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The lasting impact of childhood health and circumstance

Listed author(s):
  • Case, Anne
  • Fertig, Angela
  • Paxson, Christina

We quantify the lasting effects of childhood health and economic circumstances on adult health, employment and socioeconomic status, using data from a birth cohort that has been followed from birth into middle age. Controlling for parental income, education and social class, children who experience poor health have significantly lower educational attainment, poorer health, and lower social status as adults. Childhood health and circumstance appear to operate both through their impact on initial adult health and economic status, and through a continuing direct effect of prenatal and childhood health in middle age. Overall, our findings suggest more attention be paid to health as a potential mechanism through which intergenerational transmission of economic status takes place: cohort members born into poorer families experienced poorer childhood health, lower investments in human capital and poorer health in early adulthood, all of which are associated with lower earnings in middle age ? the years in which they themselves become parents.

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File URL: http://www.sciencedirect.com/science/article/pii/S0167-6296(04)00126-2
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Article provided by Elsevier in its journal Journal of Health Economics.

Volume (Year): 24 (2005)
Issue (Month): 2 (March)
Pages: 365-389

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Handle: RePEc:eee:jhecon:v:24:y:2005:i:2:p:365-389
Contact details of provider: Web page: http://www.elsevier.com/locate/inca/505560

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  1. James Smith, 2005. "Consequences and Predictors of New Health Events," NBER Chapters,in: Analyses in the Economics of Aging, pages 213-240 National Bureau of Economic Research, Inc.
  2. Anne Case & Christina Paxson, 2005. "Sex differences in morbidity and mortality," Demography, Springer;Population Association of America (PAA), vol. 42(2), pages 189-214, May.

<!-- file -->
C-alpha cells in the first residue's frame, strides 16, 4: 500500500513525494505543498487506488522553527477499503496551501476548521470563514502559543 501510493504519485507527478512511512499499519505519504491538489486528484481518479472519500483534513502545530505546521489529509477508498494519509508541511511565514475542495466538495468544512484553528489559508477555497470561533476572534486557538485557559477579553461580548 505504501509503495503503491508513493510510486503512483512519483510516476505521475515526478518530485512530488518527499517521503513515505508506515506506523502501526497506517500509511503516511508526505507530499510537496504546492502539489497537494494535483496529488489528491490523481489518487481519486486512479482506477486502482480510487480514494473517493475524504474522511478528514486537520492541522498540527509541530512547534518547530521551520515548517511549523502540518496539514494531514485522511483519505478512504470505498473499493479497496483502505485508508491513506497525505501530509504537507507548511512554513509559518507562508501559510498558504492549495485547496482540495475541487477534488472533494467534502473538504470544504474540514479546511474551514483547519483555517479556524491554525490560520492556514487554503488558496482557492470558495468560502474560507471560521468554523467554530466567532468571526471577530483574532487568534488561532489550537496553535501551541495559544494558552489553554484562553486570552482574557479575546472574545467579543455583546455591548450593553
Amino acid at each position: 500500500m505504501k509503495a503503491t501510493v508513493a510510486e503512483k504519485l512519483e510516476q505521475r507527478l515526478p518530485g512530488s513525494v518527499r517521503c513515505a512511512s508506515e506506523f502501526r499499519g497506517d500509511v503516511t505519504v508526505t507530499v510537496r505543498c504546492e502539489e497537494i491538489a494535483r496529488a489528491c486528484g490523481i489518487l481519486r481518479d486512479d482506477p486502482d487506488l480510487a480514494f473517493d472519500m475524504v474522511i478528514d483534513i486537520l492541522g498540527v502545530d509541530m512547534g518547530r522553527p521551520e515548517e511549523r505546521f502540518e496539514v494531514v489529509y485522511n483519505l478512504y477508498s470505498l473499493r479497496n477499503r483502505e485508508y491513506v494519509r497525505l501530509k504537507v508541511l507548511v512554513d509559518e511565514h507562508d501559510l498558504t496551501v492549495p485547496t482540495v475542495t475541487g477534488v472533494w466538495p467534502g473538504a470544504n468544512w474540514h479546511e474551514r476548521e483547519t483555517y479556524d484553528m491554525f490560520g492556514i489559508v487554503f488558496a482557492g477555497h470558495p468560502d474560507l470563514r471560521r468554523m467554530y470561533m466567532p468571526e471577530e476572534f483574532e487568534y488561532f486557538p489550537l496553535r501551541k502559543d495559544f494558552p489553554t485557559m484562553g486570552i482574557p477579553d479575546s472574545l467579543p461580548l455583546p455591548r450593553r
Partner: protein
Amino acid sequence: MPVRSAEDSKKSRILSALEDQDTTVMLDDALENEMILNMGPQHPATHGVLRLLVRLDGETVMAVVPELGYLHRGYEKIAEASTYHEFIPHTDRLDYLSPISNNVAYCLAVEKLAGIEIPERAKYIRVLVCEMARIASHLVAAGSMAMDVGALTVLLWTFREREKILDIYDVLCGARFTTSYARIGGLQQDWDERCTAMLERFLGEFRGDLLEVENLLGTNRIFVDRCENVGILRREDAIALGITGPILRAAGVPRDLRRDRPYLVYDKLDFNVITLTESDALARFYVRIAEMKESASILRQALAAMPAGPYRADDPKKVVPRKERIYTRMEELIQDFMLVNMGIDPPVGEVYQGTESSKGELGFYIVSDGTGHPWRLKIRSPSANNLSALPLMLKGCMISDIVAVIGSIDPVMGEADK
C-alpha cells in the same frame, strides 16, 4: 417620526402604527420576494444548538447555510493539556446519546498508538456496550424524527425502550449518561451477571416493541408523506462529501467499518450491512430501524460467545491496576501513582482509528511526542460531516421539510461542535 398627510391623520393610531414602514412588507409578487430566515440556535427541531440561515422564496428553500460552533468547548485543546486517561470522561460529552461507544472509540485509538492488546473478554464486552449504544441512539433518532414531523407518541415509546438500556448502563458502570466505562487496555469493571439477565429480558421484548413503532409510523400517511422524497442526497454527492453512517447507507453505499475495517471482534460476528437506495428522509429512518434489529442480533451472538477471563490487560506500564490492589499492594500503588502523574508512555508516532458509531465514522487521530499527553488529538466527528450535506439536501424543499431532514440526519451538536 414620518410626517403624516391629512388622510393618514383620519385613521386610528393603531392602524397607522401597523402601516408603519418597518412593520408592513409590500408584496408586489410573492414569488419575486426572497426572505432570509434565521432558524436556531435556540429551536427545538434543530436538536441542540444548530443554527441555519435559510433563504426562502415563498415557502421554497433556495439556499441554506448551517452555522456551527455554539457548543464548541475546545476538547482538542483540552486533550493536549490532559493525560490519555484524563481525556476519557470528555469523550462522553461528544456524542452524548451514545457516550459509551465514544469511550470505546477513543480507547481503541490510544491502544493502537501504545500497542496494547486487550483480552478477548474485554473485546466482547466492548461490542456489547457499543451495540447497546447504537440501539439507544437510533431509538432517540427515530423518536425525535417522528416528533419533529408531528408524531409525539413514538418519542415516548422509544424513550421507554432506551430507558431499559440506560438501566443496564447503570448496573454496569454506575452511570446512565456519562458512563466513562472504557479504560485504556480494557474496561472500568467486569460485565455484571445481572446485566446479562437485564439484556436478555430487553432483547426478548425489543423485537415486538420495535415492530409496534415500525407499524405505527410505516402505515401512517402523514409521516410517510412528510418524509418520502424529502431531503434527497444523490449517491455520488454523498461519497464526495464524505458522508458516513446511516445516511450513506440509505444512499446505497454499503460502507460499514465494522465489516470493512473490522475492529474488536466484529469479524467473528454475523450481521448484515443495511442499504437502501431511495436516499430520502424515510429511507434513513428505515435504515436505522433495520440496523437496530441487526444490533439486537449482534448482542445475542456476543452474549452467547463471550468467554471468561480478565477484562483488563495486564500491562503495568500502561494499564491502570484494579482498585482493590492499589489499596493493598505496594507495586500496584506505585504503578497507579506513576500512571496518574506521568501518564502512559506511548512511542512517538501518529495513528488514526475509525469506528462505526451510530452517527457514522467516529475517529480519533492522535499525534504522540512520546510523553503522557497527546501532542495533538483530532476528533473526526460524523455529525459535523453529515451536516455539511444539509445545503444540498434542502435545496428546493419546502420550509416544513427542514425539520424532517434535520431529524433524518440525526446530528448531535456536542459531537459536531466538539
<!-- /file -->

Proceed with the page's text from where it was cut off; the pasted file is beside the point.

3. Chandola, Tarani & Bartley, Mel & Sacker, Amanda & Jenkinson, Crispin & Marmot, Michael, 2003. "Health selection in the Whitehall II study, UK," Social Science & Medicine, Elsevier, vol. 56(10), pages 2059-2072, May.
  4. Anne Case & Angus S. Deaton, 2005. "Broken Down by Work and Sex: How Our Health Declines," NBER Chapters,in: Analyses in the Economics of Aging, pages 185-212 National Bureau of Economic Research, Inc.
  5. Currie, Janet & Madrian, Brigitte C., 1999. "Health, health insurance and the labor market," Handbook of Labor Economics,in: O. Ashenfelter & D. Card (ed.), Handbook of Labor Economics, edition 1, volume 3, chapter 50, pages 3309-3416 Elsevier.
  6. Stephen Wu, 2003. "The Effects of Health Events on the Economic Status of Married Couples," Journal of Human Resources, University of Wisconsin Press, vol. 38(1).
  7. Paul Gregg & Stephen Machin, 2000. "Child Development and Success or Failure in the Youth Labor Market," NBER Chapters,in: Youth Employment and Joblessness in Advanced Countries, pages 247-288 National Bureau of Economic Research, Inc.
  8. Peter Adams & Michael D. Hurd & Daniel L. McFadden & Angela Merrill & Tiago Ribeiro, 2004. "Healthy, Wealthy, and Wise? Tests for Direct Causal Paths between Health and Socioeconomic Status," NBER Chapters,in: Perspectives on the Economics of Aging, pages 415-526 National Bureau of Economic Research, Inc.
  9. Case, Anne & Paxson, Christina, 2001. "Mothers and others: who invests in children's health?," Journal of Health Economics, Elsevier, vol. 20(3), pages 301-328, May.
  10. Kuh, D. J. L. & Wadsworth, M. E. J., 1993. "Physical health status at 36 years in a British national birth cohort," Social Science & Medicine, Elsevier, vol. 37(7), pages 905-916, October.
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